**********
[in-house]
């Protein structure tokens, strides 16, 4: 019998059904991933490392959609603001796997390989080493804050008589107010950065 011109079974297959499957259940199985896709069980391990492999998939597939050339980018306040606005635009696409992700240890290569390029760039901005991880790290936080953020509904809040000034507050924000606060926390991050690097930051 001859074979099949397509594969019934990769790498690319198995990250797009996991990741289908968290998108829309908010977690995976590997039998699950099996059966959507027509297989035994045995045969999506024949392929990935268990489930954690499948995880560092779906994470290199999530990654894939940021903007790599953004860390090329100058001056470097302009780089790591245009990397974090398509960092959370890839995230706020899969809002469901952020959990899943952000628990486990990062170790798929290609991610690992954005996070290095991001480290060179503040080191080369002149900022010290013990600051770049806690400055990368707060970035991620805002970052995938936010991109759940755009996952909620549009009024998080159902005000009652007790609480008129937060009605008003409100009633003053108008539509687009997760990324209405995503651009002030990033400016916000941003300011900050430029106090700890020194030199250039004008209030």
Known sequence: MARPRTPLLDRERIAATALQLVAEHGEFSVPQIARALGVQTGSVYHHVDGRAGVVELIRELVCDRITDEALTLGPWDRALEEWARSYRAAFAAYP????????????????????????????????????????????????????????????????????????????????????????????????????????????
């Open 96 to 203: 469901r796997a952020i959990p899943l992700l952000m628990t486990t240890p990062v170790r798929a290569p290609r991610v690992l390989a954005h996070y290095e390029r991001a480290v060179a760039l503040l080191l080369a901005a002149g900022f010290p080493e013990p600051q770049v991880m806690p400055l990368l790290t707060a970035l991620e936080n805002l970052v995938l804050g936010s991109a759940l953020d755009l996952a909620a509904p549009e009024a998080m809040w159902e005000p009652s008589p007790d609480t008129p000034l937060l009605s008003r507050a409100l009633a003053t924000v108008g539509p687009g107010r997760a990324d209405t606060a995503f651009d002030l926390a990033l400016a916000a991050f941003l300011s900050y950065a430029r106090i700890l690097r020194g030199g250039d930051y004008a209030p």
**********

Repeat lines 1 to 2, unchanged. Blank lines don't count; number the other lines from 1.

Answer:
[in-house]
């Protein structure tokens, strides 16, 4: 019998059904991933490392959609603001796997390989080493804050008589107010950065 011109079974297959499957259940199985896709069980391990492999998939597939050339980018306040606005635009696409992700240890290569390029760039901005991880790290936080953020509904809040000034507050924000606060926390991050690097930051 001859074979099949397509594969019934990769790498690319198995990250797009996991990741289908968290998108829309908010977690995976590997039998699950099996059966959507027509297989035994045995045969999506024949392929990935268990489930954690499948995880560092779906994470290199999530990654894939940021903007790599953004860390090329100058001056470097302009780089790591245009990397974090398509960092959370890839995230706020899969809002469901952020959990899943952000628990486990990062170790798929290609991610690992954005996070290095991001480290060179503040080191080369002149900022010290013990600051770049806690400055990368707060970035991620805002970052995938936010991109759940755009996952909620549009009024998080159902005000009652007790609480008129937060009605008003409100009633003053108008539509687009997760990324209405995503651009002030990033400016916000941003300011900050430029106090700890020194030199250039004008209030």